Soapbox is Donaghue’s blog. We view Soapbox as a place for the Foundation and its grantees, advisers and colleagues to step up on the soapbox to express views and share knowledge related to healthcare innovation, medical research and education, and the challenges of putting evidence to action to improve health.
September 24, 2019
Michelle Spoto is pursuing both DMD and PhD degrees at University of Connecticut. Her goal is to work as a clinician and researcher at an academic dental institution. She joined Donaghue’s Policy Advisory Committee in 2017.
As researchers, we tend to communicate the results of our studies to other academics or industry professionals though academic publications or presentations. In general, we’re proficient at succinctly summarizing our results for a knowledgeable audience and answering exacting questions about study generalizability, limitations, and methodology. We live comfortably in the nuance of confounding variables, methodological complexity, and replicate experiments and we understand that even from the most rigorously designed study can we usually draw only modest conclusions.
But, popular media is driven by attention-grabbing click-bait with, in the best of cases, little regard for this nuance and, in the worst of cases, little regard for much accuracy at all. The accurate translation of complex biomedical research studies to lay language is, of course, exceedingly difficult even for the most well-intentioned journalists. As study conclusions are simplified into easy-to-digest soundbites or one sentence headlines, layers of nuance – the things that as researchers we’re so acutely aware of – get stripped away. So, as researchers, what simple advice can we give our friends and family to help them navigate the dizzying world of health and wellness news?
1) Consider the source
With an ethical responsibility to factual reporting, reputable news organizations serve as gatekeepers in today’s era of alternative facts and advertisements disguised as online new articles. To always consider the source of the news story is the most basic technique to keep away from inaccurate reporting. But, reputable news organizations – that are, in many cases, still beholden to clicks and likes – have the challenge of simplifying complex scientific reporting and often unintentionally lose nuance, and thus lose accuracy, along the way. For this reason, looking at the article publisher – although an important first step – is never enough. As a next step, readers should always…
2) Consider the study itself
As researchers, we’re happy to dive directly into an academic publication to closely scrutinize methodology and compare study conclusions to actual study results. While this type of deep-dive isn’t practical for lay people, readers can often glean lots of information from the news article itself. Reputable reporting often includes a small summary of details about the study:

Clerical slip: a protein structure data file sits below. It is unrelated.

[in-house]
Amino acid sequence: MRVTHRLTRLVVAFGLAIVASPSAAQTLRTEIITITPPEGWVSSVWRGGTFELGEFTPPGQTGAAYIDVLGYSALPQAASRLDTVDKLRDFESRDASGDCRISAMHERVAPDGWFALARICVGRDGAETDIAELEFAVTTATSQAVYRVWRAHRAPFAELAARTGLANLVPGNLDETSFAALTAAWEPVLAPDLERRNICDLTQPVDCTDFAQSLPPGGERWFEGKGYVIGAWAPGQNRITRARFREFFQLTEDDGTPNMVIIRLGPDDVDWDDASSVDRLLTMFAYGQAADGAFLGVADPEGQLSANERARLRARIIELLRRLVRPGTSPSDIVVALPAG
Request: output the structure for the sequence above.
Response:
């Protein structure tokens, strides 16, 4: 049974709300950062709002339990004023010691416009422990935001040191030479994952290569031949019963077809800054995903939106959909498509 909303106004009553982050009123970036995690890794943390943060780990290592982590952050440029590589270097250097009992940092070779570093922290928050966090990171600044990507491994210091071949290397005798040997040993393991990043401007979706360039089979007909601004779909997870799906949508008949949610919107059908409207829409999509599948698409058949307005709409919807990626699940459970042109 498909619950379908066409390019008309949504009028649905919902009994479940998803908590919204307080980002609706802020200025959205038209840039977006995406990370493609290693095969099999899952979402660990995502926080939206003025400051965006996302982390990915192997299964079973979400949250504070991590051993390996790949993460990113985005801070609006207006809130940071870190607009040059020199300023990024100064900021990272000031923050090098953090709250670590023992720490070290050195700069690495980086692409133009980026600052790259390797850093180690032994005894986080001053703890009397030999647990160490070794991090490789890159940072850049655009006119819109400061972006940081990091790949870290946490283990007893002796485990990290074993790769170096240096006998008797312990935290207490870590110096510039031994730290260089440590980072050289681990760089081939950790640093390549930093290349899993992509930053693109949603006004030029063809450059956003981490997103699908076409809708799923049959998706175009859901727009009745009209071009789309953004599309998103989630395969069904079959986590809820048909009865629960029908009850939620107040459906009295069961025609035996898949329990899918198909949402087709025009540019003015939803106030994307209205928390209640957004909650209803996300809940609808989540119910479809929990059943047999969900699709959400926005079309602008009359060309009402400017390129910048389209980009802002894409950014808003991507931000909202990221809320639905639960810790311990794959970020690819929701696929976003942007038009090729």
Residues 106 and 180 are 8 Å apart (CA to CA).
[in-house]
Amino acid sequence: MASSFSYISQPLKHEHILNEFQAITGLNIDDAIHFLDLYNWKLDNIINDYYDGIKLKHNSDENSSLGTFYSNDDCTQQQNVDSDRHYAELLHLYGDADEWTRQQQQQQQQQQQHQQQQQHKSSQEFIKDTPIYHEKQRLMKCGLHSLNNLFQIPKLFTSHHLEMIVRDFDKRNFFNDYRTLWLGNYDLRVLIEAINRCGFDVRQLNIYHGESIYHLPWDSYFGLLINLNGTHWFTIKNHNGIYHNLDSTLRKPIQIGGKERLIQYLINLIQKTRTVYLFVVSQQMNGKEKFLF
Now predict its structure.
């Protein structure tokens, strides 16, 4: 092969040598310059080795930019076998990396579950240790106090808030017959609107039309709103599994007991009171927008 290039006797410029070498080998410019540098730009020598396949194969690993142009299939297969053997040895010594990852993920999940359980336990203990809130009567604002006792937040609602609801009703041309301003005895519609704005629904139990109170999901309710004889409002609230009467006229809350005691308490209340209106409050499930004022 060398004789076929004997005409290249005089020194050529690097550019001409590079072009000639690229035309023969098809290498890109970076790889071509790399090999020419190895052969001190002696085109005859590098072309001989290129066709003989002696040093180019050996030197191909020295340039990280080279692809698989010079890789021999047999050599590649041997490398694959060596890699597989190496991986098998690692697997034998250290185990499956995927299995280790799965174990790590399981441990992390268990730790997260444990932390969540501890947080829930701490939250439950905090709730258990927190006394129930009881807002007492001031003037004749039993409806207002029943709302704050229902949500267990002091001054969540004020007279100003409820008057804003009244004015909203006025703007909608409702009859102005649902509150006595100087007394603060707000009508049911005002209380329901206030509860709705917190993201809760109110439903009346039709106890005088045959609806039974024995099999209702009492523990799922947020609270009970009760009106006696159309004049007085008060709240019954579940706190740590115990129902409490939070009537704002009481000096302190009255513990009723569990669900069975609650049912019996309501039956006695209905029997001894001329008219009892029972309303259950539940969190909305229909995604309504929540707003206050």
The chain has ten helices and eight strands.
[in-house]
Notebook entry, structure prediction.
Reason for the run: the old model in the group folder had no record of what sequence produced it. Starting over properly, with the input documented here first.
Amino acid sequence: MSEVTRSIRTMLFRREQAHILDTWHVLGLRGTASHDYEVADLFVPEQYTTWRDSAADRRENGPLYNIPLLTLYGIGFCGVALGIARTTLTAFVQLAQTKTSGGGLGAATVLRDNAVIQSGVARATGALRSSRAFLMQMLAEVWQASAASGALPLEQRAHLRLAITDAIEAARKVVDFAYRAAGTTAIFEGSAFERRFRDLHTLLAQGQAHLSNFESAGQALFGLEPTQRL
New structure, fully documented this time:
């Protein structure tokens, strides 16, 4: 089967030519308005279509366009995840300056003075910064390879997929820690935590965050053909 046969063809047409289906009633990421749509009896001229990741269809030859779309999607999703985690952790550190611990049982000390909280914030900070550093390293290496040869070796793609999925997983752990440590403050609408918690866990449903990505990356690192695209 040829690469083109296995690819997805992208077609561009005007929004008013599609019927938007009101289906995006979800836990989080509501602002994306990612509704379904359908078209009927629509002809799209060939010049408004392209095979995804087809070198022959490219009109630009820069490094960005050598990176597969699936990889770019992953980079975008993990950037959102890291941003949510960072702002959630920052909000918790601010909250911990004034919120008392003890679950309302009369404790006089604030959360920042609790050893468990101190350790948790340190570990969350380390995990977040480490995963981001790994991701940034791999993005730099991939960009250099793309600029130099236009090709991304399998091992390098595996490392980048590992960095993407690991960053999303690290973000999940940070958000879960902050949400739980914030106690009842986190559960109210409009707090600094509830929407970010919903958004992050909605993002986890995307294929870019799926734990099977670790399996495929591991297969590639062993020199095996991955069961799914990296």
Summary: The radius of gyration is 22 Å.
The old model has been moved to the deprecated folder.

- Was it conducted in humans or animals?
- Is it on-going or complete?
- What’s the sample size?
Asking these questions can help a reader determine how much stock to take in study results. Even if a reader doesn’t know exactly how a study in a mouse, for example, would apply to humans, she’s likely to understand that conclusions drawn from an animal model of a disease may not be directly applicable to humans and to take the study with a grain of salt. Similarly, she’s likely to take greater stock in the results of a multi-year study with five thousand study subjects versus a pilot study of ten or fifteen subjects. Still, there’s only so much detail that a news organization will report and the reader may not know how to draw her own conclusions based on the limited data. In that case, readers should…
3) Look for Expert Consensus
Very rarely do the results of one study sway expert medical consensus, which instead relies on all available research and clinical expertise. While these medical guidelines may be difficult to find or interpret for non-healthcare professionals, most medical professional organizations (e.g. The American Heart Association, The American Dental Association) provide patient resources on their websites. This is information written in lay language for patients wanting a reliable source of health information. If a reader wants to know more about a health topic she heard about online, looking at these resources is a great way to learn about the expert consensus on a topic without having to interpret complex medical terminology.